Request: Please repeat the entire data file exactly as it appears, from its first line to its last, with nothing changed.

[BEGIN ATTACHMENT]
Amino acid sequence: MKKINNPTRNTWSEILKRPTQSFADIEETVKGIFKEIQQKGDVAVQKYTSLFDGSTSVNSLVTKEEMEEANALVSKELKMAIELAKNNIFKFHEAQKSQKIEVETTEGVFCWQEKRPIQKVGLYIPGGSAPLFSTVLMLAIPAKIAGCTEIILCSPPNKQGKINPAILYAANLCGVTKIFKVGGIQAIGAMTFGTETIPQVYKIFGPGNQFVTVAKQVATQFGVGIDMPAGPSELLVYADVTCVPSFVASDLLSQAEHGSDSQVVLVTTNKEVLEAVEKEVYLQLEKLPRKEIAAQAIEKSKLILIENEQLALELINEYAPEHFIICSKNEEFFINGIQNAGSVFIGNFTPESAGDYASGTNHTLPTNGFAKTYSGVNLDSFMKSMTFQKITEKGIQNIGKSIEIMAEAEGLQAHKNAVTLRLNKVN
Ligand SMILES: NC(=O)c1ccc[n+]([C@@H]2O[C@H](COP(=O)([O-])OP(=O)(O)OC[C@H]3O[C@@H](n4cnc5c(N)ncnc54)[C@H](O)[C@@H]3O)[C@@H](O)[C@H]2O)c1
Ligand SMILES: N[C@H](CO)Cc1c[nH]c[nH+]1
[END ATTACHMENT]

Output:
Amino acid sequence: MKKINNPTRNTWSEILKRPTQSFADIEETVKGIFKEIQQKGDVAVQKYTSLFDGSTSVNSLVTKEEMEEANALVSKELKMAIELAKNNIFKFHEAQKSQKIEVETTEGVFCWQEKRPIQKVGLYIPGGSAPLFSTVLMLAIPAKIAGCTEIILCSPPNKQGKINPAILYAANLCGVTKIFKVGGIQAIGAMTFGTETIPQVYKIFGPGNQFVTVAKQVATQFGVGIDMPAGPSELLVYADVTCVPSFVASDLLSQAEHGSDSQVVLVTTNKEVLEAVEKEVYLQLEKLPRKEIAAQAIEKSKLILIENEQLALELINEYAPEHFIICSKNEEFFINGIQNAGSVFIGNFTPESAGDYASGTNHTLPTNGFAKTYSGVNLDSFMKSMTFQKITEKGIQNIGKSIEIMAEAEGLQAHKNAVTLRLNKVN
Ligand SMILES: NC(=O)c1ccc[n+]([C@@H]2O[C@H](COP(=O)([O-])OP(=O)(O)OC[C@H]3O[C@@H](n4cnc5c(N)ncnc54)[C@H](O)[C@@H]3O)[C@@H](O)[C@H]2O)c1
Ligand SMILES: N[C@H](CO)Cc1c[nH]c[nH+]1